Burn! (1969)

Sir William Walker (Marlon Brando) is the aristocratic secret agent sent by Britain to secure a profitable Portuguese sugar cane plantation for the Crown. When he arrives, he befriends the black dockworker Jose (Evaristo Marquez) and plants… More

Directed By:
Rated: PG-13
Running Time:
Genre: Drama
Release Date: December 21, 1969
DVD Release Date: November 8, 2005
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Critic Score: 85% Rotten Tomatoes™ Critic Reviews
Michael O'Sullivan
Washington Post

Pontecorvo's pointed 1969 drama of the politics of war feels surprisingly timely.

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Adam Lippe

If there's a better filmic explanation for how people can justify exploitation and colonialism, I don't know what it is.

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Jeffrey M. Anderson
Combustible Celluloid

Pontecorvo crafts a huge, colorful epic more tuned in to specific time and place than a Hollywood film might be.

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Stephen Hunter
Washington Post

I don't think Queimada is as great a movie as Battle of Algiers, but it retains its vitality, its outrage, its savagery and its spirit.

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Emanuel Levy

As a follow-up to Battle of Algiers, Burn! is a flawed film, but it's worth seeing for its tone of outrage and provocative ideas about colonialism, big business, and slavery.

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David Nusair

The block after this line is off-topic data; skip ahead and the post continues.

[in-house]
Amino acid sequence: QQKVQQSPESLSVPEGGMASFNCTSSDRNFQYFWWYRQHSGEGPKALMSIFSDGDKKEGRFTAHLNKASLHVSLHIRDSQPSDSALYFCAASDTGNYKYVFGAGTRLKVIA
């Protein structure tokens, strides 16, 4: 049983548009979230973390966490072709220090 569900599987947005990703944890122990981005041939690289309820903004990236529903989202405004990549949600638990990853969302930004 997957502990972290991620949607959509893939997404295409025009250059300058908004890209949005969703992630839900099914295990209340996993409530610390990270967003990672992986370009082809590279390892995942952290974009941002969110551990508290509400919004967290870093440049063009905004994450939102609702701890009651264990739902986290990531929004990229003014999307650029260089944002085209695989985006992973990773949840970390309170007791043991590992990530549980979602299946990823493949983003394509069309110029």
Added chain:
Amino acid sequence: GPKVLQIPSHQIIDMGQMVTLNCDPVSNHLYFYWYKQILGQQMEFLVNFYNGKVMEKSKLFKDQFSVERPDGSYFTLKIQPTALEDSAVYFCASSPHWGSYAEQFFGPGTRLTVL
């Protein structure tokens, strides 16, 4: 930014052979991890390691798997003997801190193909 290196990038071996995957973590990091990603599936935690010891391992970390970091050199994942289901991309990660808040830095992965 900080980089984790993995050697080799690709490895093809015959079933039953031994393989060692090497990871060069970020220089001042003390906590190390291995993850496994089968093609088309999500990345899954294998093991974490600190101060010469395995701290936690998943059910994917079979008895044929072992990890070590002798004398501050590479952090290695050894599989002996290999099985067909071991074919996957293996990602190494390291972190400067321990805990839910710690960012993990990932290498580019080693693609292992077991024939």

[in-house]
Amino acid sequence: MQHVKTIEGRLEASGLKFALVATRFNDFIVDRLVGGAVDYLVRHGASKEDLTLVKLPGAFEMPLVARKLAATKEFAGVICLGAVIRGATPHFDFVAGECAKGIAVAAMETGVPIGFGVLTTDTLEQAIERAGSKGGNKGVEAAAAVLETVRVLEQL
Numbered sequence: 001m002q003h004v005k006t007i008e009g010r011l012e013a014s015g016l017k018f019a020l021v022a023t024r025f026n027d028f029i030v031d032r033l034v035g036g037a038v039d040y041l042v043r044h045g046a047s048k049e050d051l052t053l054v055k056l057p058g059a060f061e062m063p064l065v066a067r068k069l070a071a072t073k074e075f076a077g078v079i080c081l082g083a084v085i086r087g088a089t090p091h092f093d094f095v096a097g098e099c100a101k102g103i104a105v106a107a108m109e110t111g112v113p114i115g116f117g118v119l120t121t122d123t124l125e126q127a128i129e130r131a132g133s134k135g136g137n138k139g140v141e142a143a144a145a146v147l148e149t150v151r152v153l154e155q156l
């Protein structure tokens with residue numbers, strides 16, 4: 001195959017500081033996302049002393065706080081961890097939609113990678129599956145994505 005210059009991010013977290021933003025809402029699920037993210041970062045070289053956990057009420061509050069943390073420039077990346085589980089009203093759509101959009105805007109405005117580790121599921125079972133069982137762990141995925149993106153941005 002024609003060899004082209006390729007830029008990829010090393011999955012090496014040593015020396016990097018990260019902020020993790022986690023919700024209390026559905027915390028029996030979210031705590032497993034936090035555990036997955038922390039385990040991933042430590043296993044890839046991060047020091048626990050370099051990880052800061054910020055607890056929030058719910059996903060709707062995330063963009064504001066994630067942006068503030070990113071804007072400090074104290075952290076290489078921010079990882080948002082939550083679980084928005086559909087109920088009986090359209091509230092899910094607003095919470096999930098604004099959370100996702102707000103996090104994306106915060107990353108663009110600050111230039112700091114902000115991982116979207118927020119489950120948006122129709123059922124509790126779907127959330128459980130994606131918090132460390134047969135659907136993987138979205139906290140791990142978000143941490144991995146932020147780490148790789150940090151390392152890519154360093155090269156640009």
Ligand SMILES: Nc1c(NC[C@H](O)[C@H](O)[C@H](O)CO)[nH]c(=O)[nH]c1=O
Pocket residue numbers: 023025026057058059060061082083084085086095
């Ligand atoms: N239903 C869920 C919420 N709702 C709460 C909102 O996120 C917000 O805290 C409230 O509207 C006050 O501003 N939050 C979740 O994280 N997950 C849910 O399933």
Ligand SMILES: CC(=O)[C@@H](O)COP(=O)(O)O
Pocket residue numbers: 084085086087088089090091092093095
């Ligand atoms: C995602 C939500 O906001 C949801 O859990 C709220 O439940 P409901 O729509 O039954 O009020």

Reel Film Reviews

...despite a number of positives...Burn! nevertheless remains oddly aloof...

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Elliott Stein
Village Voice

A flawed, but intriguing work, it offers, here and there, proof of Pontecorvo's gift for ecstatic epic filmmaking.

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Robert Roten
Laramie Movie Scope

It seems timeless in its shrewd political and economic observations. It is as relevant today as it was then.

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Shawn Levy

A fascinating museum piece from an era in which art and radical politics often mixed to vital result.

More reviews for Burn!

Flixster Audience Score: 81% Flixster User Reviews
Bruce Bruce
An outstanding film, one of the unheard of Brando films, a young Brando at that. I came across a review in Shock Cinema Magazine the reason I got this film, and… More
Mike T.
Director Gillo Pontecorvo makes a wise choice in his employment of a gritty, bare-bones visual style for this picture. It serves very well to soak up the… More
Walter M.
In "Burn!" Santiago is dead, having been tortured and decapitated by the authorities for being the leader of a rebellion in the Portugese colony of… More
Kit X
In some areas, this film actually manages to be a progression from Pontecorvo's masterpiece Battle of Algiers, but unfortunately, the 'sinking… More
Cameron Johnson
Interesting how much an exclamation point can distinguish a generic title. ...So, yeah, anyways, "Earth was shakin', we stood and stared; when it… More